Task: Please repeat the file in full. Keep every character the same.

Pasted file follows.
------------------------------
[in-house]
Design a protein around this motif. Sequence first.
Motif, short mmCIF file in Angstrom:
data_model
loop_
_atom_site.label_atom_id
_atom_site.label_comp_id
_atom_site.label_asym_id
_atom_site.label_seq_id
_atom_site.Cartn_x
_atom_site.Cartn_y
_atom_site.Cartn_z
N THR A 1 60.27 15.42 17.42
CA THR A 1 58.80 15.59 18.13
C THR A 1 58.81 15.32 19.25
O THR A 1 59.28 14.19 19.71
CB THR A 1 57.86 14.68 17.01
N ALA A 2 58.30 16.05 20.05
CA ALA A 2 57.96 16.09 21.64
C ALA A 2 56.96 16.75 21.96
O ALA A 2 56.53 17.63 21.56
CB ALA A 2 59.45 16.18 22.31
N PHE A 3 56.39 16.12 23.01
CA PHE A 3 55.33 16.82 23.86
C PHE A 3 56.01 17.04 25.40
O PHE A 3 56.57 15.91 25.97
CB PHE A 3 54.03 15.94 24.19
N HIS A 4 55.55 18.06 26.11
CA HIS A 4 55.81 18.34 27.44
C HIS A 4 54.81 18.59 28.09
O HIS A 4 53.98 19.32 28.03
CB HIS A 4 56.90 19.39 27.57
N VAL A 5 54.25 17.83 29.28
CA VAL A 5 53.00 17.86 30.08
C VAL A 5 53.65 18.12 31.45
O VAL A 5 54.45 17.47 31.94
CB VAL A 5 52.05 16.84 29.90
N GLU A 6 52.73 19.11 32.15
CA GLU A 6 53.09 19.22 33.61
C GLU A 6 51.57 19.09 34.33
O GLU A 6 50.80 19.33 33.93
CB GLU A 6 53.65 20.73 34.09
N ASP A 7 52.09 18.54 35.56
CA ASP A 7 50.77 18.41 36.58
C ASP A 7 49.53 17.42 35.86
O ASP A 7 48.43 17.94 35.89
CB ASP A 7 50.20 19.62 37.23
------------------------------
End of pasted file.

[in-house]
Design a protein around this motif. Sequence first.
Motif, short mmCIF file in Angstrom:
data_model
loop_
_atom_site.label_atom_id
_atom_site.label_comp_id
_atom_site.label_asym_id
_atom_site.label_seq_id
_atom_site.Cartn_x
_atom_site.Cartn_y
_atom_site.Cartn_z
N THR A 1 60.27 15.42 17.42
CA THR A 1 58.80 15.59 18.13
C THR A 1 58.81 15.32 19.25
O THR A 1 59.28 14.19 19.71
CB THR A 1 57.86 14.68 17.01
N ALA A 2 58.30 16.05 20.05
CA ALA A 2 57.96 16.09 21.64
C ALA A 2 56.96 16.75 21.96
O ALA A 2 56.53 17.63 21.56
CB ALA A 2 59.45 16.18 22.31
N PHE A 3 56.39 16.12 23.01
CA PHE A 3 55.33 16.82 23.86
C PHE A 3 56.01 17.04 25.40
O PHE A 3 56.57 15.91 25.97
CB PHE A 3 54.03 15.94 24.19
N HIS A 4 55.55 18.06 26.11
CA HIS A 4 55.81 18.34 27.44
C HIS A 4 54.81 18.59 28.09
O HIS A 4 53.98 19.32 28.03
CB HIS A 4 56.90 19.39 27.57
N VAL A 5 54.25 17.83 29.28
CA VAL A 5 53.00 17.86 30.08
C VAL A 5 53.65 18.12 31.45
O VAL A 5 54.45 17.47 31.94
CB VAL A 5 52.05 16.84 29.90
N GLU A 6 52.73 19.11 32.15
CA GLU A 6 53.09 19.22 33.61
C GLU A 6 51.57 19.09 34.33
O GLU A 6 50.80 19.33 33.93
CB GLU A 6 53.65 20.73 34.09
N ASP A 7 52.09 18.54 35.56
CA ASP A 7 50.77 18.41 36.58
C ASP A 7 49.53 17.42 35.86
O ASP A 7 48.43 17.94 35.89
CB ASP A 7 50.20 19.62 37.23